Social Security Disability Insurance (SSDI) is a federal “insurance program” for people who are unable to work because of a disability. Like other insurance, you must have paid into it to qualify–in other words, you must have paid into Social Security at some point.
Supplemental Security Income (SSI) is a different program also through Social Security that is funded by tax revenues. It pays monthly benefits to people with disabilities who have not worked during their lives or those who have not worked for a cumulative five out of the last ten years. In calculating your SSI benefits, Social Security generally considers all of the combined income of every member in your household. Children may receive SSI in some situations.
You must meet several criteria in order to qualify for SSDI. You must be insured, which means you must have worked and paid federal payroll taxes (FICA) for five of the last ten years. You must also apply before reaching full retirement age (65-67), and you must meet Social Security’s definition of total disability.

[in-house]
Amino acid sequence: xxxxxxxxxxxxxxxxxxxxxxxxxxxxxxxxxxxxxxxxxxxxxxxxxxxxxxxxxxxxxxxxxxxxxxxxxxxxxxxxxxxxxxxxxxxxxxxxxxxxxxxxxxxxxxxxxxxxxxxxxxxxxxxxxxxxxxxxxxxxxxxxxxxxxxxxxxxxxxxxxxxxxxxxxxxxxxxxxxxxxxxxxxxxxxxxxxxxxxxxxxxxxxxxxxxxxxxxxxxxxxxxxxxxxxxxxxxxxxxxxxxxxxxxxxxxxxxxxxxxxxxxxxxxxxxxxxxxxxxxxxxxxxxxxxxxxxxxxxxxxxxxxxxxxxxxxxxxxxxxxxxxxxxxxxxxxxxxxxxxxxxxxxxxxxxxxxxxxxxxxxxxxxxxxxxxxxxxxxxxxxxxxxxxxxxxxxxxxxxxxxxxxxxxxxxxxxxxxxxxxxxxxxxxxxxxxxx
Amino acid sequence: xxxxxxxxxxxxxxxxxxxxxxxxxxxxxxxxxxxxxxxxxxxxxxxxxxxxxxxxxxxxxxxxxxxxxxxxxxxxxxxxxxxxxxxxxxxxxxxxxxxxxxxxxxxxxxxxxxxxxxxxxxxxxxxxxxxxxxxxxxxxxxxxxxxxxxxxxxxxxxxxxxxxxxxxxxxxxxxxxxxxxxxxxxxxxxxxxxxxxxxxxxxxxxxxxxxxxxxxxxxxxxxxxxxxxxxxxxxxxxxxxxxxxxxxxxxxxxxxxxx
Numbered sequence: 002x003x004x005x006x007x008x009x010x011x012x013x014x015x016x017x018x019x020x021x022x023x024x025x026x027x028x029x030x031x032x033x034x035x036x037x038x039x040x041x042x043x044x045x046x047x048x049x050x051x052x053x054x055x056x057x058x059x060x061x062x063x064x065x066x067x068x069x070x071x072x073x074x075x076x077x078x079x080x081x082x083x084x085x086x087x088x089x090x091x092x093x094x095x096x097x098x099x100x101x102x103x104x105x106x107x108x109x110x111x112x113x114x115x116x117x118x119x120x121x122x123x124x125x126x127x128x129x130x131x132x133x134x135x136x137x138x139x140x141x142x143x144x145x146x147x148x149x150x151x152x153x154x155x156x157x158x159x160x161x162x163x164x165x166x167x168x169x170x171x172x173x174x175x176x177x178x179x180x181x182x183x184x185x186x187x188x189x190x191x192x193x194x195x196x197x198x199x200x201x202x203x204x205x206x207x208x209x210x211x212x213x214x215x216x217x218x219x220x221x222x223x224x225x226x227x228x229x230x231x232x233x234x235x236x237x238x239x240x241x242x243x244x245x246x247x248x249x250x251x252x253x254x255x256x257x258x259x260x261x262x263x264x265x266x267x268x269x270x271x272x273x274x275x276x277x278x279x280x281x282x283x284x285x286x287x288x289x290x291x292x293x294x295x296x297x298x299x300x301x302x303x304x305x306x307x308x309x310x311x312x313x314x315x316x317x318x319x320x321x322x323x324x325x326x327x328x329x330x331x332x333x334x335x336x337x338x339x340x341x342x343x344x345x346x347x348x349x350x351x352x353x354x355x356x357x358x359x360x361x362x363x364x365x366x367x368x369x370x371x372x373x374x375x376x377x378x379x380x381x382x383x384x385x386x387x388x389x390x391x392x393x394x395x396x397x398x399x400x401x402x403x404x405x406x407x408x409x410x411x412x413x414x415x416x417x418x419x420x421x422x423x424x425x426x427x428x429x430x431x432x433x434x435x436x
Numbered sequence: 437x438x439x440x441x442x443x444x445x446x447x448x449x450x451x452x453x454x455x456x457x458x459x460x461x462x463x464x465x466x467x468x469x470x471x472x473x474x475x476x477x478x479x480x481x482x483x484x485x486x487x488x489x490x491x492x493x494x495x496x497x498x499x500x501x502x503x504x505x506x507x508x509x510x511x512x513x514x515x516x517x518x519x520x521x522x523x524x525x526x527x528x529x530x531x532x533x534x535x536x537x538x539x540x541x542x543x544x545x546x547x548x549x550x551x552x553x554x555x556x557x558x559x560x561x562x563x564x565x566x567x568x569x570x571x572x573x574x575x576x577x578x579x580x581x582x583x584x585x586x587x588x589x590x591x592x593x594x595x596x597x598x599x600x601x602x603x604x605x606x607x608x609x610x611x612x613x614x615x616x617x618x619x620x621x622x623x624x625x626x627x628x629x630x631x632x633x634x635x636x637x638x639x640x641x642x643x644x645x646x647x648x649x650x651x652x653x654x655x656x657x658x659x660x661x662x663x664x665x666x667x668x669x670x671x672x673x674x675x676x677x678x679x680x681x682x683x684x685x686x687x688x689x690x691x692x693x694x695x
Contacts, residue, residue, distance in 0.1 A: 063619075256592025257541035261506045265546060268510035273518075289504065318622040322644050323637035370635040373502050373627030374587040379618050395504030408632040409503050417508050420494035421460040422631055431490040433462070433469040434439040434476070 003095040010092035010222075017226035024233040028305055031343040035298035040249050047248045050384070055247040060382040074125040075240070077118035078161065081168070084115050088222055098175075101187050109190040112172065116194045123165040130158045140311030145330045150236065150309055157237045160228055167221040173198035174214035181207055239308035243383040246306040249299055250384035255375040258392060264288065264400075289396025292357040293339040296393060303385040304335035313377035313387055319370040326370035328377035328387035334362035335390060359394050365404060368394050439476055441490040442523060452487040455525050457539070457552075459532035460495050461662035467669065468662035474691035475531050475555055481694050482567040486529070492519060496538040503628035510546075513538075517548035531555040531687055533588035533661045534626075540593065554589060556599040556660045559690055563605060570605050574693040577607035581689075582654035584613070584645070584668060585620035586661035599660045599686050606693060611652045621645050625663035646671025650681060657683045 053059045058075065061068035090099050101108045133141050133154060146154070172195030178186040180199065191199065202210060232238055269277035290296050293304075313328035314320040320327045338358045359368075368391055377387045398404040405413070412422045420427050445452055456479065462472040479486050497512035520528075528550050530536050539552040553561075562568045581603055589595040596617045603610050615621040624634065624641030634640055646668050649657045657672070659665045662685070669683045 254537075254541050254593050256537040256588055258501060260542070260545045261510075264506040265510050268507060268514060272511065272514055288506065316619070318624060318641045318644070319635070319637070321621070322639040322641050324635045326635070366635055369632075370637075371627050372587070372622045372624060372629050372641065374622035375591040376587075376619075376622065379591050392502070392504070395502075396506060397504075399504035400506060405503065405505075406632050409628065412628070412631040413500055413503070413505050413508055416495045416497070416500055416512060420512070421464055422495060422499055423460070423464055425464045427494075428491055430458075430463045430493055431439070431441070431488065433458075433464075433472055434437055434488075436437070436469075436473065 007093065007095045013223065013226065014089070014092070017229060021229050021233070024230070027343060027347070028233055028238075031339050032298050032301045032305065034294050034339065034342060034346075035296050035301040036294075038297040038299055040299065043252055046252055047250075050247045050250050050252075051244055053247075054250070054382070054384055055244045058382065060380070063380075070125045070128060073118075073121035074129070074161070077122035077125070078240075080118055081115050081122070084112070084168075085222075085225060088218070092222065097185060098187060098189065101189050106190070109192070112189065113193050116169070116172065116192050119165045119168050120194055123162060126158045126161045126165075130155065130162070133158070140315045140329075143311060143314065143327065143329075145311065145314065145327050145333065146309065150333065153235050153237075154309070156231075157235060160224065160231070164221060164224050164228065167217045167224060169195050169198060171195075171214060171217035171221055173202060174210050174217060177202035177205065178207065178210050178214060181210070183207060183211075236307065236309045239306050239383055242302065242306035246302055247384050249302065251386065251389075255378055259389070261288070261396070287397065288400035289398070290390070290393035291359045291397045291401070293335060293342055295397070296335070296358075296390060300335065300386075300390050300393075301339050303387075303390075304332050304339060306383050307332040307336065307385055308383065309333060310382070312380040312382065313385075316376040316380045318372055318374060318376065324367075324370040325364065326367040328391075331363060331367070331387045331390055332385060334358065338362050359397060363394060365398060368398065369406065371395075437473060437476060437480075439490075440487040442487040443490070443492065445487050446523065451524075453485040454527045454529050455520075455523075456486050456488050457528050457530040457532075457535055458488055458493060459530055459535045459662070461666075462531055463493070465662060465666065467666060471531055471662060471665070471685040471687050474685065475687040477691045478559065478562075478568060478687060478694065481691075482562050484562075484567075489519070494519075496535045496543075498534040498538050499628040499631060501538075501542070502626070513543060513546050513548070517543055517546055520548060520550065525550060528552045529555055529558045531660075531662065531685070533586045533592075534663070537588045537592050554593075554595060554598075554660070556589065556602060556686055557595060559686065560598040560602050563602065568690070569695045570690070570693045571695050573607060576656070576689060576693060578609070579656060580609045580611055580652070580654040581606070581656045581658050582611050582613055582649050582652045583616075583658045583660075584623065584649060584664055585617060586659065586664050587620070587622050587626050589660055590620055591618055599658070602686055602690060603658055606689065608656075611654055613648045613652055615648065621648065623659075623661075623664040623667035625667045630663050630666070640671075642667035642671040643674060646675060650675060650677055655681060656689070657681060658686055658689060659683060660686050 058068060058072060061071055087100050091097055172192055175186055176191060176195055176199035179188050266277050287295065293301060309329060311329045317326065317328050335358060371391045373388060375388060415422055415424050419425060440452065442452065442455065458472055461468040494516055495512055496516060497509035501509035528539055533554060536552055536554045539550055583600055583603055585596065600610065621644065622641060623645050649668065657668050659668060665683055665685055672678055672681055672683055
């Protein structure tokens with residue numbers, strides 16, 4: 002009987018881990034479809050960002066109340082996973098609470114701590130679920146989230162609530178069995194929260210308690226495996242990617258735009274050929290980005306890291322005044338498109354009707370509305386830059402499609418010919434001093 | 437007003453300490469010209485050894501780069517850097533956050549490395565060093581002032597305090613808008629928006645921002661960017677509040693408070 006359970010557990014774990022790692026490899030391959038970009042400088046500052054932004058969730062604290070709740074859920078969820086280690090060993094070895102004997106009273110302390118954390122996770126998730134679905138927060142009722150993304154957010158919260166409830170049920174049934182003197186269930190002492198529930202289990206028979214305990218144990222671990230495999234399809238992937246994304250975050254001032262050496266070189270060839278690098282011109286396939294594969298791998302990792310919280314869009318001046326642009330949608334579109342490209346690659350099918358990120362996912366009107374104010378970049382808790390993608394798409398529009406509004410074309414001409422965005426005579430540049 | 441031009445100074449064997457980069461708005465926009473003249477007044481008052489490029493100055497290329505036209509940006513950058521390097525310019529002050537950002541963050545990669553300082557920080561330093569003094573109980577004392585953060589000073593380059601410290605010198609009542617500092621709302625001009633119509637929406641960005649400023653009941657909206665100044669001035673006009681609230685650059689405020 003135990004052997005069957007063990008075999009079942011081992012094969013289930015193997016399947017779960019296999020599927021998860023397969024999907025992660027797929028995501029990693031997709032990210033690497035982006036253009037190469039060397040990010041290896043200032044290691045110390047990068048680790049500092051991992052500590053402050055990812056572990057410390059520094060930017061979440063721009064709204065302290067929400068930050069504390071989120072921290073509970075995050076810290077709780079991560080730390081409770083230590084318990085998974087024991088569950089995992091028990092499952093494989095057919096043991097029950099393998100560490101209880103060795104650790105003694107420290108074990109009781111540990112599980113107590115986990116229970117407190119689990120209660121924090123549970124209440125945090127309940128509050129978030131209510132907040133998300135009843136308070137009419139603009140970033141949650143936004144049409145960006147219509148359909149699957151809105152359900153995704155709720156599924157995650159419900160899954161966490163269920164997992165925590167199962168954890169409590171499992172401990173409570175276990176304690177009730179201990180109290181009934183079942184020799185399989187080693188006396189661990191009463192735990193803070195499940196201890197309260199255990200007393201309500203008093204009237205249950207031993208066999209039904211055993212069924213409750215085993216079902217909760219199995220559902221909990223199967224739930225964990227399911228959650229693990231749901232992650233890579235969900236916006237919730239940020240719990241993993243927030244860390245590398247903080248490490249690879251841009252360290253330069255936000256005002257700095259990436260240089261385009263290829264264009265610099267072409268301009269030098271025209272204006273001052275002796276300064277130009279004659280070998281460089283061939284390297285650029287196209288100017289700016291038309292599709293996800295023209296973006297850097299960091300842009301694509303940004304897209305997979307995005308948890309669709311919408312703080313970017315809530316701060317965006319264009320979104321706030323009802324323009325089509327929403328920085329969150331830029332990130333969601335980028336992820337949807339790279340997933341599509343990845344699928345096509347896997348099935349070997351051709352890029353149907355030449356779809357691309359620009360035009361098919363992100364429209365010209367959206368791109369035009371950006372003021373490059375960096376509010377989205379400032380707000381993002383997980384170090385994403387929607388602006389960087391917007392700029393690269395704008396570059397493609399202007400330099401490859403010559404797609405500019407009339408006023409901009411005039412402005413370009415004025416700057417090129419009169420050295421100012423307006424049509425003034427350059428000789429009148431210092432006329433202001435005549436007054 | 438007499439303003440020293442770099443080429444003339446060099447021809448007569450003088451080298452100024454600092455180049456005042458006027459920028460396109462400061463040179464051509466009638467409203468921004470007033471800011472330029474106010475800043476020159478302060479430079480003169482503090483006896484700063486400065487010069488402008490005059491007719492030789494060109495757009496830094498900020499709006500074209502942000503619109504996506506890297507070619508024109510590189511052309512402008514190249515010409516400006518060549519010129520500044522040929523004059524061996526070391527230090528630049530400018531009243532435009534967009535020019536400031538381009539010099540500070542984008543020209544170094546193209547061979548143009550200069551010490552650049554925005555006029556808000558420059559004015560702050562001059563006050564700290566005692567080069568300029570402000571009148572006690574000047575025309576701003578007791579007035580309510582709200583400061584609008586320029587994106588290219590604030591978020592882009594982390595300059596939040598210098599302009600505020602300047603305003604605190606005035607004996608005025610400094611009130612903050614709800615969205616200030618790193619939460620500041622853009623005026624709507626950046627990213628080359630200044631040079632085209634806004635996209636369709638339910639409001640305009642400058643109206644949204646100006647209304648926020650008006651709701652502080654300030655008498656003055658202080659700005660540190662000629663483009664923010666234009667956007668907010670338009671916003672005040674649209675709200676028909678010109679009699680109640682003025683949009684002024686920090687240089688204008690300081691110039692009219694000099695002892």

Disability is described as having a documented mental or physical impairment that is expected to result in death or has lasted or expected to last for at least 12 months.
Complete our FREE Social Security disability benefits evaluation to determine if you qualify.
In order to apply for Social Security disability benefits, you will need to have a birth certificate or proof of citizenship. The Social Security Administration (SSA) will ask you detailed questions about your life including: work history, health, family, marriage, and background. Please visit the SSA website to make sure that you have properly applied for Social Security disability benefits. Please be aware that GAR Disability Advocates ™ is not the Social Security Administration.
You are not required to have representation, but Social Security Administration (SSA) denies about 65 percent of people who file initial disability application without using professional representation. GAR Disability Advocates ™ can greatly improve your chances and shorten the time of receiving disability benefits.